Back in December, Greg from Book Riot posted about the four bookish phrases he would like to see improved upon in book reviews:
A friend once old me about a creative writing professor he had in college who would bracket large swaths of a story in red, and simply write “Do Better.” It wasn’t specific, but he said it sure got his attention. When I hear the following four very common phrases in book-related discussions, that’s the first thought on my mind — arrrrrrgh, do better! It’s not that these phrases are wrong, per se. It’s just that, with a little more effort, something much more meaningful could be said.
I’d like to take a few minutes to go over the four phrases Greg chose, and why I think they’re not as bad as he seems to think. And I’m going to work backwards through his list, just because I’m crrrrazy like that! Or because I’m saving the best for last. It’s definitely one of those two options.
1. “This novel needed an editor.”
If there were unnecessary digressions, explain why they’re unnecessary. If there’s superfluous plot arcs, think about what the author was trying to accomplish by including them, and then think again if they’re truly superfluous.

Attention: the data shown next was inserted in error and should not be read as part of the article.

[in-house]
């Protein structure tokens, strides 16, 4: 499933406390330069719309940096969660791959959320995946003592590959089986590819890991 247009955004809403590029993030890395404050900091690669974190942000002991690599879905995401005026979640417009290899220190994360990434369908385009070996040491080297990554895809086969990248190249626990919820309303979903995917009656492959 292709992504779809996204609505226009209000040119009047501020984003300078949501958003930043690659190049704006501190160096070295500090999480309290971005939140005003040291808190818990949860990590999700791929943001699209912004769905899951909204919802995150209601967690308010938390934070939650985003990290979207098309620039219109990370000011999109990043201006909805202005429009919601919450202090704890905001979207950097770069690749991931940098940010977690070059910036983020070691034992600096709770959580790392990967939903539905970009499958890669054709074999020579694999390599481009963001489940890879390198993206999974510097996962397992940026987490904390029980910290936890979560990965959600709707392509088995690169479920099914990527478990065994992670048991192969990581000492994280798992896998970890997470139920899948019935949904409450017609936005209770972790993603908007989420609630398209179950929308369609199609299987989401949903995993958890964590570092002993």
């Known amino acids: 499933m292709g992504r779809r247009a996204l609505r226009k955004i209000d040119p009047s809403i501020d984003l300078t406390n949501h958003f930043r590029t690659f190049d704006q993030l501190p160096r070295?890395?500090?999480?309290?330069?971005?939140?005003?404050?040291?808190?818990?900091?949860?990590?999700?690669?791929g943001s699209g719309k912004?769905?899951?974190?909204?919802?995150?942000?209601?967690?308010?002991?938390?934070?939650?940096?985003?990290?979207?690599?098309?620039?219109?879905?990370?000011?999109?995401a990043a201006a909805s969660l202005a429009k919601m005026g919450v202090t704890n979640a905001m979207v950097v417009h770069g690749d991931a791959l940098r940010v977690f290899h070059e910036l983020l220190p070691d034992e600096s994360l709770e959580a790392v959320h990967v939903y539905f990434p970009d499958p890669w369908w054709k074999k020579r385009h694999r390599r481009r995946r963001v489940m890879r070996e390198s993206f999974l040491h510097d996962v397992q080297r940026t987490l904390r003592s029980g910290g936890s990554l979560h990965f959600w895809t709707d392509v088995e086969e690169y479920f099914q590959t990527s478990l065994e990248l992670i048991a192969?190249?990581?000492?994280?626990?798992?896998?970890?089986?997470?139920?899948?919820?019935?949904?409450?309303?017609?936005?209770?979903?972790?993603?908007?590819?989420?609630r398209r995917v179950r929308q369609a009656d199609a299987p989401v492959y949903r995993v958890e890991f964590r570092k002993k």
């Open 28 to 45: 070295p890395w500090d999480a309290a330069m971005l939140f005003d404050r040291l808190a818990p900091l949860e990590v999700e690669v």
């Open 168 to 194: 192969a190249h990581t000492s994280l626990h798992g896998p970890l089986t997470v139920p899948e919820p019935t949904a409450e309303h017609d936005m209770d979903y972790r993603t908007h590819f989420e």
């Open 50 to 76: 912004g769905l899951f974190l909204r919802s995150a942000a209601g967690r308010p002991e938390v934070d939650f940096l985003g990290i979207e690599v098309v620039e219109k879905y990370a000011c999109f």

Even after explaining himself, I’m not sure that I understand why Greg is so upset with this phrase. He seems quite determined to believe that most people who use this phrase are commenting on the length of a novel, saying with a better editor it wouldn’t have been so hefty. While on it’s own, I might agree with Greg that this phrase is questionable, with a little explanation as to why one feels this novel needed an editor, I see nothing wrong with including this phrase in one’s review. In my own reviews, if I mention editing it’s generally to refer to the book’s overall polish, or seemingly lack thereof: grammar issues, poor syntax or a lack of direction; it’s quite rare I employ this phrase to discuss the length of a novel. [Read more…]